We have to blame our friends, who own a Class A motorhome.
You know. Those big ones that look like buses. Those ones that you look and and think to yourself, “How do you maneuver that thing?”
You ponder whether you need a Commercial Drivers License to operate one of those. (Good news, you don’t!)
Anyway…where was I? Oh yes, I setting the stage for how Dave and I ended up with a 22′ travel trailer.
I’m not going to go down our coping-with-the-pandemic story here — maybe another time — but suffice it to say, those who have RVs have admittedly been in a good place when it comes to traveling around the country.
Dave and I have done a little bit of RV travel.
Actually, it’s a very little bit of RV travel. Dave has fond memories of staying in his grandparents’ Airstream when he was little, but for me, my first RV adventure was in 2008 when we rented one from our Air Force base’s recreation department.
Our family has done more than our share of tent camping, from backpacking with Scouts to “car camping” on many of our travels to national parks. When our sons were younger, this wasn’t terribly difficult. See here, here, here, and here for a sampling of those adventures.
Getting an RV of some sort had been in the conversation for a long time. Along with one day getting a boat. One day getting a ski condo. One day getting a vacation home to divide our time between Colorado and somewhere — not Colorado — in the winter. One can dream, right?
After many years of seeing friends who are able to travel somewhat freely, staying overnight easily — and comfortably — for little cost, not having to stress about finding lodging near national parks in the summer, Dave and I started our search.
Therefore, between the pandemic and the stir-craziness that had induced, we decided to get serious about the search.
It wasn’t easy. We started by looking at a couple of RV lots at new models*, to get a lay of the land. The stock was quite low, and the dealerships were exercising social distancing measures such that they wanted to space out how many people were roaming the lots.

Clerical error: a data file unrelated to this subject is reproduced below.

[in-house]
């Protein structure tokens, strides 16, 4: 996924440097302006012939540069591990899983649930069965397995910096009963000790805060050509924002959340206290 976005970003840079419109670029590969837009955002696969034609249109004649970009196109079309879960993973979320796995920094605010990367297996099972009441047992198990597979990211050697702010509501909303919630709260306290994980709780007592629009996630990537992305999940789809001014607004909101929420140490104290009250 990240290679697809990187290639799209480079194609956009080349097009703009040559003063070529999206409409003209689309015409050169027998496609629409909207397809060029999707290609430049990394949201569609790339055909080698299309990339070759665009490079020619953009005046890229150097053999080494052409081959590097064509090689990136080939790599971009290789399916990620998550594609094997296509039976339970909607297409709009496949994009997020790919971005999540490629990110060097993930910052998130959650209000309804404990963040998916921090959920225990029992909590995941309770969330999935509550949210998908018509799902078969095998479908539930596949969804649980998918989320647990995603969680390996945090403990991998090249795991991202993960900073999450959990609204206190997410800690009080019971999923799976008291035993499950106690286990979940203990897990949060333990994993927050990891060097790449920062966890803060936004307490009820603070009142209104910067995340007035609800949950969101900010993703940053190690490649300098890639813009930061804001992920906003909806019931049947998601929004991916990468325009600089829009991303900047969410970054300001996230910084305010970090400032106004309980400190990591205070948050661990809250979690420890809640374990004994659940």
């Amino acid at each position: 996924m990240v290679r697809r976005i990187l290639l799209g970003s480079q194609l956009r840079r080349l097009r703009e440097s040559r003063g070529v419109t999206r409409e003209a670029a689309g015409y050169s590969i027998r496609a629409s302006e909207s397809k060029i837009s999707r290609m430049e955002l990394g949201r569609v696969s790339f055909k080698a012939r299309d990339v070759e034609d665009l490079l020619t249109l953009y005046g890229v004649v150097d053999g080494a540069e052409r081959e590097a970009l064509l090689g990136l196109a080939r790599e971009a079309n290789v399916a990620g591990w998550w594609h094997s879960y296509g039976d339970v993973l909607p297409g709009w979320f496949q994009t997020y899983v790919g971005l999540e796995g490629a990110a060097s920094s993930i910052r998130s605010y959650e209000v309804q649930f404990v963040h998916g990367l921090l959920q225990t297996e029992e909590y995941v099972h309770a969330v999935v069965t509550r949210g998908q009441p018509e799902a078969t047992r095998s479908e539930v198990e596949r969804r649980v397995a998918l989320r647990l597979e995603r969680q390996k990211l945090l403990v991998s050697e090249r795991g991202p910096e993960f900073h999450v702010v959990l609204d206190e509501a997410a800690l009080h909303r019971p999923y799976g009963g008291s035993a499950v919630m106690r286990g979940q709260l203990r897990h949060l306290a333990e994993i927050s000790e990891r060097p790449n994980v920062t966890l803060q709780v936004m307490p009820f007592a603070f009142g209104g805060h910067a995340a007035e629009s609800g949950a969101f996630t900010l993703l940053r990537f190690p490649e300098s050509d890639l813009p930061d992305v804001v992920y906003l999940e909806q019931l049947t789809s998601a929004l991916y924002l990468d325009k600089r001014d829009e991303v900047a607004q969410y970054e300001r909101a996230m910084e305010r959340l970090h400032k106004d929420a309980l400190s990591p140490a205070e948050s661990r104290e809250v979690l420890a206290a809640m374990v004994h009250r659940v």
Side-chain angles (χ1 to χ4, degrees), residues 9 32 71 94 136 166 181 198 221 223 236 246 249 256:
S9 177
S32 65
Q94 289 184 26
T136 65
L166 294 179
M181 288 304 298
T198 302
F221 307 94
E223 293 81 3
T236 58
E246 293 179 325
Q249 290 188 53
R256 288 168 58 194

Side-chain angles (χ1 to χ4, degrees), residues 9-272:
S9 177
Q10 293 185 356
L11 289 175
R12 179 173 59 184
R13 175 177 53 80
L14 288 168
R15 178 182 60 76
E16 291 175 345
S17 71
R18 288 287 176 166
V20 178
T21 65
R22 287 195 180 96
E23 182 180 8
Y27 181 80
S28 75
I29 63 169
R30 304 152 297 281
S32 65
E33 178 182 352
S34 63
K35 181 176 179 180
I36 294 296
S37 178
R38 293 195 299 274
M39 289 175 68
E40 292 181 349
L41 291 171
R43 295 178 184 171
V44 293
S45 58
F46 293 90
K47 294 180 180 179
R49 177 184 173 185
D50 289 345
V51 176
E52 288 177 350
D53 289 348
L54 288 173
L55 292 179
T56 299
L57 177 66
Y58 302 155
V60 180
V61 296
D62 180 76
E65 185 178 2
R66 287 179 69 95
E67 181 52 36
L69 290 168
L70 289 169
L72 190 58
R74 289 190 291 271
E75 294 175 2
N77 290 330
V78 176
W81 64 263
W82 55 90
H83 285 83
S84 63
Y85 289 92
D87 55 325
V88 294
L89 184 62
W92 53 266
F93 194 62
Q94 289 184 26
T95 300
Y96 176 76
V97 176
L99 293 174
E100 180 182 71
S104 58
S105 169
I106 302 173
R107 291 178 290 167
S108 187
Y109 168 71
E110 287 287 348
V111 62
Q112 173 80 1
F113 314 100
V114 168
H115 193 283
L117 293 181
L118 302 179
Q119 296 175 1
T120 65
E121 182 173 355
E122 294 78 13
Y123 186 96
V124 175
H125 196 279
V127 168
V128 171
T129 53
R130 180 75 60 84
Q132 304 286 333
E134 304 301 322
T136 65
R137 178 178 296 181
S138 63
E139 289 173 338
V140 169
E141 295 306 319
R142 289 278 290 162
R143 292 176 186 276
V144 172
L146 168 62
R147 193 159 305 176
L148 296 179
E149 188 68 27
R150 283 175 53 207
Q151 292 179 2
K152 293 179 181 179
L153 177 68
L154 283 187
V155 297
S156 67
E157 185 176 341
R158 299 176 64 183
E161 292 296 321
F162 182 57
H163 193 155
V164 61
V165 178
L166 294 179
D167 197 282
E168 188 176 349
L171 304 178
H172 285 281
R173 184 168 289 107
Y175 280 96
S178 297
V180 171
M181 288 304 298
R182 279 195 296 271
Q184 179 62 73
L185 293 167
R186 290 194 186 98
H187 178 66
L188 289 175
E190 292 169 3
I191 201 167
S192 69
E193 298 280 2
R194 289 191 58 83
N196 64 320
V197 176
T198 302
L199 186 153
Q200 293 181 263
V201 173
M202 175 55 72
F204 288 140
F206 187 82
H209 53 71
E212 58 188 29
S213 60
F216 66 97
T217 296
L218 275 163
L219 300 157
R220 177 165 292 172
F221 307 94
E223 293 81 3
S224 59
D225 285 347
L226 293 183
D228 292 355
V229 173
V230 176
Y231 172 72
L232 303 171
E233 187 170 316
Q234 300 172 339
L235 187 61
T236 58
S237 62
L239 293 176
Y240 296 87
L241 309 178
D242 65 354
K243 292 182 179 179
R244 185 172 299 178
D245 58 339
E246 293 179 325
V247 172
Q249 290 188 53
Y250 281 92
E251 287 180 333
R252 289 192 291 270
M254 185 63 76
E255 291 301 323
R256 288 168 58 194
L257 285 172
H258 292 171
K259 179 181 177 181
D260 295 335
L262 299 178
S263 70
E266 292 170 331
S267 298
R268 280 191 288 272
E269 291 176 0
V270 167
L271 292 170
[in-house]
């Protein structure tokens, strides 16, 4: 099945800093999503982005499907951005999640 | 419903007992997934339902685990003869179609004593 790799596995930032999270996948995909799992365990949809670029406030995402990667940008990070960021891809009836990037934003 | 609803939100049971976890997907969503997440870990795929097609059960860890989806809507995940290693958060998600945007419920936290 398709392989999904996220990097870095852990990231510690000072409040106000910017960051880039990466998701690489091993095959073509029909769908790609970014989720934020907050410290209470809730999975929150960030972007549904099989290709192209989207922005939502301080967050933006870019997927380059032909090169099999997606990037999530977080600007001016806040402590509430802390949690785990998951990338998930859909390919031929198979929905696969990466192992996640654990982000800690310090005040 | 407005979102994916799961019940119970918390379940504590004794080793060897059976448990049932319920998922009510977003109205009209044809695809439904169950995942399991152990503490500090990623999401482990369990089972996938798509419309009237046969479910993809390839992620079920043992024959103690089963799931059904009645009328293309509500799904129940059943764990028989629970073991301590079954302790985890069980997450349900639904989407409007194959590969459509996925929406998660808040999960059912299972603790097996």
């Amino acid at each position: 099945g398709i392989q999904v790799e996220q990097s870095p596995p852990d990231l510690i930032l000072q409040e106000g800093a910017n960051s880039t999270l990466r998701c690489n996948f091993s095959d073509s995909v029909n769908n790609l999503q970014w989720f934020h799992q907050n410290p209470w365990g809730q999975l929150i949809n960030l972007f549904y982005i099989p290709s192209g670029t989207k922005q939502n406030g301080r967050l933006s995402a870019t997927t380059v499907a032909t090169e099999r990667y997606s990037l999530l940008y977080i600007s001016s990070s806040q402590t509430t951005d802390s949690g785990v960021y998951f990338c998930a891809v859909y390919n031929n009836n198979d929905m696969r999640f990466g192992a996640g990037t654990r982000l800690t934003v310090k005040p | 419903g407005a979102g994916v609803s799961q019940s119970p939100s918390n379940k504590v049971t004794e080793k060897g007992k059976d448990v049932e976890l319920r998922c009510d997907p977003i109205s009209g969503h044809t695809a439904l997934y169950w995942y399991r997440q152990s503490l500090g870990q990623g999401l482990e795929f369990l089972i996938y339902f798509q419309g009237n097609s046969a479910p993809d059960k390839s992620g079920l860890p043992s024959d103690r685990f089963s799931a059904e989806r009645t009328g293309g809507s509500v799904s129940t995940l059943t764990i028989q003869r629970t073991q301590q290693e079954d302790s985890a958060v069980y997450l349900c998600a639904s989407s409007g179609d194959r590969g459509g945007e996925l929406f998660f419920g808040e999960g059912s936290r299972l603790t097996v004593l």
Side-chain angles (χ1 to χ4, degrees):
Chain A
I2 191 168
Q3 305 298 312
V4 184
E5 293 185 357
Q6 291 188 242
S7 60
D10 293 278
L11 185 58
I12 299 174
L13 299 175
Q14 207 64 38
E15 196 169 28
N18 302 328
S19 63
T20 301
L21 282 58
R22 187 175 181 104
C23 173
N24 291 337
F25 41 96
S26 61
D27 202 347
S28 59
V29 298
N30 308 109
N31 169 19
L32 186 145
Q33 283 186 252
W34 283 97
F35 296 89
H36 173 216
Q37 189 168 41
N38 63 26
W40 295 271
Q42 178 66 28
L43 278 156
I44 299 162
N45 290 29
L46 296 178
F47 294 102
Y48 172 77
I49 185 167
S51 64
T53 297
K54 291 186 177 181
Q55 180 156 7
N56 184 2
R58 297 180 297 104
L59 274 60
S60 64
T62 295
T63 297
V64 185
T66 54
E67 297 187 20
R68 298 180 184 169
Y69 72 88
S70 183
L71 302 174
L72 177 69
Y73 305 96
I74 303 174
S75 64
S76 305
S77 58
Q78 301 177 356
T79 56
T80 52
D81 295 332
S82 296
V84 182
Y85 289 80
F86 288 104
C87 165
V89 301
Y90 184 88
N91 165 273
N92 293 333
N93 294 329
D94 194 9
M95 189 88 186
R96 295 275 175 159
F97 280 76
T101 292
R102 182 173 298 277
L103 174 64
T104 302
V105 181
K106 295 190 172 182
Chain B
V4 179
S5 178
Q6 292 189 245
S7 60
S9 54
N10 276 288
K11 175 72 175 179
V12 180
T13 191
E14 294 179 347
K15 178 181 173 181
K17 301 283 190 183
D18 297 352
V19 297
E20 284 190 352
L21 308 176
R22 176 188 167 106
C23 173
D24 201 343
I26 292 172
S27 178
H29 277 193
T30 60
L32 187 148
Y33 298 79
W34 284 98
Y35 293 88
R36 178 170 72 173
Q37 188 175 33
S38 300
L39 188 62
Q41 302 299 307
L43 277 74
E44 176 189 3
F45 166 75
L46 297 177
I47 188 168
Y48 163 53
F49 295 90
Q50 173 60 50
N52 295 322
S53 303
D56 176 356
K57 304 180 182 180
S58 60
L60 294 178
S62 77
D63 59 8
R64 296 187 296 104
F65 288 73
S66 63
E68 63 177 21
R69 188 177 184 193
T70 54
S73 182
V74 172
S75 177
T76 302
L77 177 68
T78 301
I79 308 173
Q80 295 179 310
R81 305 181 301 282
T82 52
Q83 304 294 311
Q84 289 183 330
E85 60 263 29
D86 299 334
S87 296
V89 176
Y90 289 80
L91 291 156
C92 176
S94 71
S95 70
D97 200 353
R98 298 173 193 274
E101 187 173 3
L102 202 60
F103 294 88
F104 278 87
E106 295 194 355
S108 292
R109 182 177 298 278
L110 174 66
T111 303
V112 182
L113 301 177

*We had no intention of getting a new RV, but it’s an easy way — in non-COVID circumstances — to see what options are available.
Dave and I — but mostly Dave — continued our research. We were limited by the towing limit of our 2017 Honda Pilot, and we ideally were looking for a trailer less than 5 years old. This was a tall order right now. There are a couple websites with which we could set up custom searches. RVTrader.com was a good option, click this link to see what our custom search looked like.
Those trailers that showed up in the custom search moved FAST!
Dave had a search function going in Facebook marketplace also and that’s where we found Bojack, a 2016 Palomini 179RDS, by Forest River. Of course, it wasn’t named Bojack at the time. In fact, I don’t think the trailer had a name.
Anyway, Dave acted fast, at least to get into the queue to look at it. It is in great shape and we worked quickly to secure it before anyone changed their minds.
As will be a theme throughout these early posts, Dave and I have a LOT to learn. Our friends, the ones mentioned at the beginning of the post, hooked us up with a number of educational resources, which of course includes many RV blogs, like this one purports to be.
I hope we keep up the motivation for this. I like the idea of keeping a journal of our steep learning curve, and we can document the places we plan to go with Bojack!